From School Library Journal
Grade 6-10-A school-shooting incident in nearby Pleasant Valley causes Tom's high school administrators to be worried about a ripple effect. A crisis counselor is hired and a watchdog atmosphere grows as the teens' privileges rapidly disappear. Tom and his sophomore classmates are annoyed but not overly concerned about the new security restrictions until they notice eerie disappearances of friends who fail to conform, including Tom's two best friends. The random drug tests, backpack searches, parental e-mail, and dress codes soon expand into mind-controlling daily assemblies, book censorship, and camps for "behavior" problems. After a tip from a Pleasant Valley basketball player, Tom is convinced that students everywhere are being sent away and hopes his father hasn't also been brainwashed via the e-mails from the school authorities. The pace picks up as Tom and friend Becca are caught trying to alert their fellow students to the menacing counselor and know that their lives are at risk. There is suspense in the threat, though readers never learn what has happened to those who disappeared, except for one student who "died." A prosaic style and simple dialogue provide reluctant readers with an opportunity to enjoy a lengthy, frightening story. More mature readers interested in school-violence stories might prefer Joyce Carol Oates's Big Mouth & Ugly Girl (HarperCollins, 2002).Vicki Reutter, Cazenovia High School, NY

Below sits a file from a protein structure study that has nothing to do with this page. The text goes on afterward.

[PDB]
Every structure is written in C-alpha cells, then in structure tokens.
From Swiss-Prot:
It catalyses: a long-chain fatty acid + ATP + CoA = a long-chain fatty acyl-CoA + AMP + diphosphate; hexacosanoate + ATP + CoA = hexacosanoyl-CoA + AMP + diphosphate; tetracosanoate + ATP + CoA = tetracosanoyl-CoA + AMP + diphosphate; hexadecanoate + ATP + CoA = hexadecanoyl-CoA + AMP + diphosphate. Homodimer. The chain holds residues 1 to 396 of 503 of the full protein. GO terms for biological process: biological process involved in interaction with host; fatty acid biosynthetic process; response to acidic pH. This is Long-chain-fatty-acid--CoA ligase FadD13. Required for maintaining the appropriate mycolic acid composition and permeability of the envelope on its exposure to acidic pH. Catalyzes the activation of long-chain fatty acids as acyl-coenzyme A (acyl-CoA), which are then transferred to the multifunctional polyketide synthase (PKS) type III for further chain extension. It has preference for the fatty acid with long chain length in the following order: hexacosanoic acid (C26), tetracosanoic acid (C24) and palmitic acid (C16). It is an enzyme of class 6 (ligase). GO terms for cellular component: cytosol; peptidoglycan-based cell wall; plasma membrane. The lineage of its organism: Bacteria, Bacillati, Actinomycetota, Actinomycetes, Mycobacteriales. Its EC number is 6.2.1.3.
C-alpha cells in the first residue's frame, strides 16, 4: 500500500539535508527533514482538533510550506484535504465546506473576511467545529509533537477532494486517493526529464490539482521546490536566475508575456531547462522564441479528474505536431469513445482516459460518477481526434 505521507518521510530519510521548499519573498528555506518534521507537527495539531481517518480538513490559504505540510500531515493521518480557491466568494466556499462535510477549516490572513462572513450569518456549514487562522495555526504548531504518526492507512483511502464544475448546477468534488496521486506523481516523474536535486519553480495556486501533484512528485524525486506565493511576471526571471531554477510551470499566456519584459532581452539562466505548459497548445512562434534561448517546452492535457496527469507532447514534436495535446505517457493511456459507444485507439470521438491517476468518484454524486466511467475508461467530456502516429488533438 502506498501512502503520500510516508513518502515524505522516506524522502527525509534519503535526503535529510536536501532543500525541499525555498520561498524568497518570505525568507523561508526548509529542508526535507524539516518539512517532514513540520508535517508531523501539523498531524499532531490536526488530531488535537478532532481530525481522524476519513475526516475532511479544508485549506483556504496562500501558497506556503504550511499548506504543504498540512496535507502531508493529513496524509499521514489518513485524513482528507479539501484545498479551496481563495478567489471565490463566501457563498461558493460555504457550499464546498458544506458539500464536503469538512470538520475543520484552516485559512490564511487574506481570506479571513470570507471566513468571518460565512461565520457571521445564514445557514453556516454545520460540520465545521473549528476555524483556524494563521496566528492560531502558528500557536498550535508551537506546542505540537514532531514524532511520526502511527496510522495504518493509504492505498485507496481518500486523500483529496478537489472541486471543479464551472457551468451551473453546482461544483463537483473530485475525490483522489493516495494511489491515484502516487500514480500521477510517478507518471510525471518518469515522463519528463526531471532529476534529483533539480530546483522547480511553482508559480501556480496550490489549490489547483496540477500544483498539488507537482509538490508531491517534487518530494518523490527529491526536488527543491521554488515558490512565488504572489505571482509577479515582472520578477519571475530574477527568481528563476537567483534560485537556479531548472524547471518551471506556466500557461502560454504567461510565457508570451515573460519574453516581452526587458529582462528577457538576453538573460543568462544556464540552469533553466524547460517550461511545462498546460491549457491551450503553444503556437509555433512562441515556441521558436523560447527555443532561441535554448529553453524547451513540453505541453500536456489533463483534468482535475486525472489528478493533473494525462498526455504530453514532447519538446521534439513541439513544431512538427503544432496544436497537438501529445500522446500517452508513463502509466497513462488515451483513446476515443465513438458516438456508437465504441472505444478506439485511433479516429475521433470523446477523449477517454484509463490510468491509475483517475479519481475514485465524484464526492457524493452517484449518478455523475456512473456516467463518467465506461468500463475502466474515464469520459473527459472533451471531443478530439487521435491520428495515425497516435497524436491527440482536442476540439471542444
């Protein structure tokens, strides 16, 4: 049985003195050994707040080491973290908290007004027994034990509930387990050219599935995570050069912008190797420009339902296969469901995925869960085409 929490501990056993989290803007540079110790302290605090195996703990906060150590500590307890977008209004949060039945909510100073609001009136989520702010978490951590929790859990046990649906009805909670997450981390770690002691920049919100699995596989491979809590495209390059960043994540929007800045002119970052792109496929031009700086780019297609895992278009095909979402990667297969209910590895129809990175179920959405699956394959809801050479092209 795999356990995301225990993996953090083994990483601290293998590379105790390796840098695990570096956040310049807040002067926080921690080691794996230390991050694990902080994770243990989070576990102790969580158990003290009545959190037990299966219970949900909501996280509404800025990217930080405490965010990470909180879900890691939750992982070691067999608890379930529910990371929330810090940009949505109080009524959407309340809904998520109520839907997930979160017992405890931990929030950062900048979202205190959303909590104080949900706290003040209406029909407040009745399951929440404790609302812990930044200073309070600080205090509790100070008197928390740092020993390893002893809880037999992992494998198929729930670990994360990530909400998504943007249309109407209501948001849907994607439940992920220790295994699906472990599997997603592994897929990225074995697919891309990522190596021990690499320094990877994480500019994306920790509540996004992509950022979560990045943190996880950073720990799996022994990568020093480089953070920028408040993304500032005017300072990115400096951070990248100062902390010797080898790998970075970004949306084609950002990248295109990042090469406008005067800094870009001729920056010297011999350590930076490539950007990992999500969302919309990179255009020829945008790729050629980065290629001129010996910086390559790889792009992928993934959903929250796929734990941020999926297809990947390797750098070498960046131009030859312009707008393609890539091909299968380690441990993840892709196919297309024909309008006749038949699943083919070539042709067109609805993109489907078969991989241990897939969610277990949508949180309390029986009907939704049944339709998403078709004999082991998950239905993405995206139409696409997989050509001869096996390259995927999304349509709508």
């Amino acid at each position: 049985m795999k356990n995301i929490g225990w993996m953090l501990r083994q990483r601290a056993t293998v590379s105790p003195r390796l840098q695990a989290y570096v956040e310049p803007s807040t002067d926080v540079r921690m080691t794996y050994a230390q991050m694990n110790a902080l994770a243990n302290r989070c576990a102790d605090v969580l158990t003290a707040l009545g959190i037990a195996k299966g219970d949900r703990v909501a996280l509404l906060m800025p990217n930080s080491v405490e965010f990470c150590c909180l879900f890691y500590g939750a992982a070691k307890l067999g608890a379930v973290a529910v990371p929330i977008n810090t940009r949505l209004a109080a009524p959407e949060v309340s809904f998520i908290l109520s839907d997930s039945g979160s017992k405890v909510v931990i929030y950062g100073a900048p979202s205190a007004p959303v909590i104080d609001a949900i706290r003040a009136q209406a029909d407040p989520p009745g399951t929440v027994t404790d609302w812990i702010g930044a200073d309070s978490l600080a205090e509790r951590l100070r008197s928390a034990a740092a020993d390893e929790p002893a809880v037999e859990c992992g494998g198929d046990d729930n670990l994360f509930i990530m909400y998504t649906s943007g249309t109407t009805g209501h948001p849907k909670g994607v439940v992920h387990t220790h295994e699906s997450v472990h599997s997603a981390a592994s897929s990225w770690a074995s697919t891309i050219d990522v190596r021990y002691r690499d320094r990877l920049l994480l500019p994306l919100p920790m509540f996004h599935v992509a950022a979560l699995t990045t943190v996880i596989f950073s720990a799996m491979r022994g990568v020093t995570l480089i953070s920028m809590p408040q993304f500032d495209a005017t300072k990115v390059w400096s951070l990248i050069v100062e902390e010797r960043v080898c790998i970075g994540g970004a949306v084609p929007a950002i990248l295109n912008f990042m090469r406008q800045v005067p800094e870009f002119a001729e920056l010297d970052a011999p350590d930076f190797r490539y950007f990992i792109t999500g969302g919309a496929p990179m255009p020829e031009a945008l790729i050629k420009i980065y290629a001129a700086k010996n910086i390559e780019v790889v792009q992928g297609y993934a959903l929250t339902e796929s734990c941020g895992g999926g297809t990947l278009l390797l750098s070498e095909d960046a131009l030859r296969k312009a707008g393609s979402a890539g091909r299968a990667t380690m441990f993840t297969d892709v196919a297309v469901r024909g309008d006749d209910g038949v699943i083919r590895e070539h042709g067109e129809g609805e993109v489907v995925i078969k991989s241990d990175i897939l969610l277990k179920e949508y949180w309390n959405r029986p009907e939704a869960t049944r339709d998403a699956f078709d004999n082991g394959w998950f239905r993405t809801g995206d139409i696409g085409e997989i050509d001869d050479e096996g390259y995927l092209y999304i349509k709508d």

Copyright 2003 Reed Business Information, Inc.
Following a Columbine-like massacre at a nearby school, the students at Central High find their world turned upside down. The arrival of a "grief counselor" brings a new era of repression--no cell phones, no reading Catcher in the Rye
, no hanging out at the mall. Even worse, students guilty of breaking the rules have begun to disappear--supposedly to a kind of detention camp called Operation Turnaround. Nobody ever comes back. Esteemed adult author Prose wants to make a political statement about the gradual process by which we lose personal freedom, but she runs into trouble. Caught somewhere between allegory, dystopian fantasy, and YA problem novel, her book never finds a home for itself. There are moments of real terror (the finale feels like Hitchcock's The Birds
), but many of the best fantasy elements--brainwashing the kids' parents with e-mail--seem patently ridiculous in a realistic context. Yet, there is considerable appeal: the suspense builds effectively, and the archetypal conflict--good-hearted kids versus an evil principal--is always a crowd pleaser. Bill OttCopyright © American Library Association. All rights reserved